DRM broadcast disrupted by leap seconds

From: Markus Kuhn <Markus.Kuhn_at_cl.cam.ac.uk>
Date: Fri, 18 Jul 2003 15:50:35 +0100

A recent visitor gave me a detailed account of a telecoms application
where UTC leap seconds can cause havoc, which I would like to share here
with you. In this example, the design ended up being vulnerable to UTC
leap seconds, in spite off the engineers being fully aware of all the
issues involved (leap seconds, UTC vs. TAI vs. GPS time, etc.), but had
to conclude that there was no sufficiently simple way around the problem
to be worth being taken.

Background: The Digital Radio Mondiale standard (ETSI TS 101980) defines
the new global broadcast format for long/medium/short-wave digital
radio. The modulation technique it uses is based on coded orthogonal
frequency division multiplexing (COFDM). In this technique, about ten
thousand data bits are packed together with error-correction information
and then sent through a fast fourier transform, in order to generate a
waveform that consists of about a hundred carrier signals, each of which
represents a hand full of bits via its amplitude and phase. The output
of the FFT is then broadcast. The coding is arranged carefully, such
that if echoes or doppler shifts disrupt or cancel out a number of
carrier frequencies, the payload audio data can still be recovered fully
intact. The high robustness of COFDM against echos makes it feasible to
operate single-frequency networks. Several transmitters that are spread
over a large region broadcast the essentially same waveform at the same
time in the same frequency band. Handling overlapping signals from
multiple transmitters on the same frequency is not very different from
handling long-distance echos. Single frequency networks offer highly
efficient use of the radio spectrum, as the requirement of keeping large
minimum distances between transmitters on the same frequency falls away.

The transmitter infrastructure design supplied by a major manufacturer
of DRM broadcast equipment works like this:

At the central head end, where the broadcast signal arrives from the
studios, a Linux PC has a sound card that samples the studio signal at
48.0000000 kHz (or equivalently resamples an asynchronously arriving
digital studio signal in a polyphase filterbank). The head-end Linux PC
is connected to a Meinberg GPS receiver (a special GPS receiver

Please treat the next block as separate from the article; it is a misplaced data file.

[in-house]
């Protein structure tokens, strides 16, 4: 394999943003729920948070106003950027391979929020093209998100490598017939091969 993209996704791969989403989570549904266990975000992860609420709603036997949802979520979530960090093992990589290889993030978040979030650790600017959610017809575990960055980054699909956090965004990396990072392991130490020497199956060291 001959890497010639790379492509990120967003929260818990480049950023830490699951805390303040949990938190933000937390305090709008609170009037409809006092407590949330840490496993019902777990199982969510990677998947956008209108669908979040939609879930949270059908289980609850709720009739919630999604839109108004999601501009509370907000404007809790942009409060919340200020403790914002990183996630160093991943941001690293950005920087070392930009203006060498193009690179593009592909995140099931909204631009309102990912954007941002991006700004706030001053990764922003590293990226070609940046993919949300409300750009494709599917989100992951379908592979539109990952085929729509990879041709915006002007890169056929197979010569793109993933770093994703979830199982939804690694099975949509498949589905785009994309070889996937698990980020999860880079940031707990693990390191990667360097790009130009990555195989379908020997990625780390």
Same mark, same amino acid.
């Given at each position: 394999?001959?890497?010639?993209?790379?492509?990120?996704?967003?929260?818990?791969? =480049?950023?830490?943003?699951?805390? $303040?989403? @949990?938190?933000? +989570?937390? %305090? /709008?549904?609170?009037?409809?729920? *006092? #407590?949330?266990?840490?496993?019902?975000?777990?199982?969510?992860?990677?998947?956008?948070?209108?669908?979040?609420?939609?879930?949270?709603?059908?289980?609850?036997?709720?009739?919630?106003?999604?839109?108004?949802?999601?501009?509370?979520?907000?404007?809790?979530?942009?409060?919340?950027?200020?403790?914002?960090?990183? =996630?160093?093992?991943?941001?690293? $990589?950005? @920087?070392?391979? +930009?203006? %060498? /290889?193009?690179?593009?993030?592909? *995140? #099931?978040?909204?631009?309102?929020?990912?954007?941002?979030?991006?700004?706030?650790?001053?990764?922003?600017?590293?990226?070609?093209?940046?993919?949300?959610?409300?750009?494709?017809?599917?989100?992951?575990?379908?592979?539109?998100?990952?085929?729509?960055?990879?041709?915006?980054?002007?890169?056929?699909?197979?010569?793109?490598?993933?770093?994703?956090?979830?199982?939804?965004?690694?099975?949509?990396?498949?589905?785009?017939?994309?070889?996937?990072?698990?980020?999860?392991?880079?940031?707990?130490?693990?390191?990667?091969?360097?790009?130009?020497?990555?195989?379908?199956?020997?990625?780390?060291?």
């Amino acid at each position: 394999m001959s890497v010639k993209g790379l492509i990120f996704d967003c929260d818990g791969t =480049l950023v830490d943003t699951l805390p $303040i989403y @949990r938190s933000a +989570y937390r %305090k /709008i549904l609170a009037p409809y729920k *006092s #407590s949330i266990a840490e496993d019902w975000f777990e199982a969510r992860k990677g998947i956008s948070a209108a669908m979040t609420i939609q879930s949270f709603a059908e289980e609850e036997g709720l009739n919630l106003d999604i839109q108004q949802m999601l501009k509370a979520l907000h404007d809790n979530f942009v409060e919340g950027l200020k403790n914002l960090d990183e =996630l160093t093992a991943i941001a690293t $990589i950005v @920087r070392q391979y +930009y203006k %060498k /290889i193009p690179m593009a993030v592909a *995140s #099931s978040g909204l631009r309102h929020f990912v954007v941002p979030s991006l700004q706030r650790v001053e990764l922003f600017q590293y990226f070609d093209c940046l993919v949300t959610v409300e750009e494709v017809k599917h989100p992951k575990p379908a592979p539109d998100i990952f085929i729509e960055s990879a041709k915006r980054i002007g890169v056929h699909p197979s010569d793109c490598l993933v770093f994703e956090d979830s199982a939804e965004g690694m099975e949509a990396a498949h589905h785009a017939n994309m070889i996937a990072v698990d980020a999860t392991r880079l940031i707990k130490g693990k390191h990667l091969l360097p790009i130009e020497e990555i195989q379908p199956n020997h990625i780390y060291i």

optimized for precision timing applications). The 10.00000000 MHz output
of the GPS receiver is used to derive the high-precision sampling clock
signal used by the soundcard. The serial port of the GPS receiver also
synchronizes the Linux clock via the usual xntpd driver software by Dave
Mills, et al.

Every 400 ms, the software on the PC takes 400 ms worth of sampled
audio, sends them through an MPEG Advanced Audio Coding (AAC)
compression algorithm. The PC knows for each audio sample received
within about a millisecond the corresponding UTC time. It attaches to
the generated 400-ms long compressed data packet a UTC timestamp that is
a few seconds into the future. At this time the packet must be leaving
the antennae of transmitters all over the region. The packets are then
sent via low-cost asynchronous communication links (e.g., selected parts
of the Internet) to the various transmitter stations. There, they are
modulated and queued for delivery by a DSP board that is equally
connected to a GPS receiver. When the scheduled transmission time
arrives for a packet, it is handed with high timing accuracy to the
analog-to-digital converter, which will produce the analog complex (I,Q)
baseband signal that drives the high-power transmitter.

In order to keep the complexity of the design simple, existing standard
components such as xntpd, the Linux kernel clock driver and commercially
available GPS clocks with UTC output were used, together with low-cost
asynchronous communication links. The result is a significantly more
economic transmitter infrastructure than what could be offered by
competing technologies.

The only problem with using such off-the-shelf components is, that the
entire design is unable to transmit a signal during a leap second,
because packets are scheduled based on UTC!

The engineers were fully ware of the problem, and they knew that TAI and
GPS time exist. In fact, the packet protocol format supports the use of
GPS timestamps. But as there is no simple configuration option to cause
the particular GPS receiver used to output any of these, or to get Linux
and xntpd to run on a TAI or GPS timescale (which would have broken
other things, such as the regular correct-local-time timestamping
preferred for system administration), this was not applicable. As a
result, nobody could be bothered to add a few person months of work,
simply to ensure that there is no 1-second disruption once every year.
[In fact, since short-wave transmitters frequently switch between
programmes at the full hour, in discussions the hope was expressed that
in practice nobody will notice.]

Either having a commonly used standard time without leap seconds (TI),
or having TAI widely supported in clocks and APIs would have solved the


Markus Kuhn, Computer Laboratory, University of Cambridge
http://www.cl.cam.ac.uk/~mgk25/ || CB3 0FD, Great Britain
Received on Fri Jul 18 2003 - 07:50:52 PDT

This archive was generated by hypermail 2.3.0 : Sat Sep 04 2010 - 09:44:54 PDT